Home School Court Report
Current Issue | Archives | Advertising | About | Search
No. 5

In This Issue

Legal / Legislative Updates Previous Page Next Page
- disclaimer -
Across the States
AL · AK · CA· IL · IA · KY · MD · MI · MN · NC · ND · NH · NJ · NM · NY · OH · OK · OR · PA · TN · TX · VT · VA · WV · WY ·


Families Can Decline Special Ed Services

When a Home School Legal Defense Association member family in the Region Nine Education Service District decided to remove their daughter from the special education program she was participating in at the local public school, they contacted HSLDA for advice. The parents had come to believe that the public special education setting was not the best for their daughter, and they were troubled that the public school had recently requested to observe their child at home. Like other families in their situation, they wanted to know if removing their child from the public school program was legal, and they wondered what their options might be.

HSLDA staff explained to the family that they could legally decline services from the public school and meet their daughter’s special education needs privately. HSLDA Attorney Tj Schmidt then contacted the school officials and informed them that the parents were declining the school special education services and instead would have their daughter’s needs met through a privately developed plan (PDP).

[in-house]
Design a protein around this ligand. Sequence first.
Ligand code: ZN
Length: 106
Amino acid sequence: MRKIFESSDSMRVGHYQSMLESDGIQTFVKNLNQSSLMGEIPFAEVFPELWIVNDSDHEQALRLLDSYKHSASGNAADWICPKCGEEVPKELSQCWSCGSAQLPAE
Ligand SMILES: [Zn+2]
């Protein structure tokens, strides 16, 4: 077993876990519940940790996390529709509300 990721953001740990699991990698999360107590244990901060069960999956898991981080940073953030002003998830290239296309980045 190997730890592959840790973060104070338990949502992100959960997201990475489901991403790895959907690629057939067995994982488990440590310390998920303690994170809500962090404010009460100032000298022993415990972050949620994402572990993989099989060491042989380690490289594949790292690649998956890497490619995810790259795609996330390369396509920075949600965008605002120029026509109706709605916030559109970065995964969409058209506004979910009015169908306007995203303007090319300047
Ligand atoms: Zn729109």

Under Oregon law, parents can create a PDP team with one or more private service providers to address their child’s special education needs. While not required in Oregon to homeschool a special needs child, forming a PDP enables parents to use an alternative method of evaluation to a standardized achievement test. In other words, the PDP team conducts the evaluation at the end of the third, fifth, eighth, and tenth years to demonstrate satisfactory education progress.

HSLDA expects that our member family will receive no interference from the local public school as they go on to provide for their daughter’s special education needs privately.

— by Thomas J. Schmidt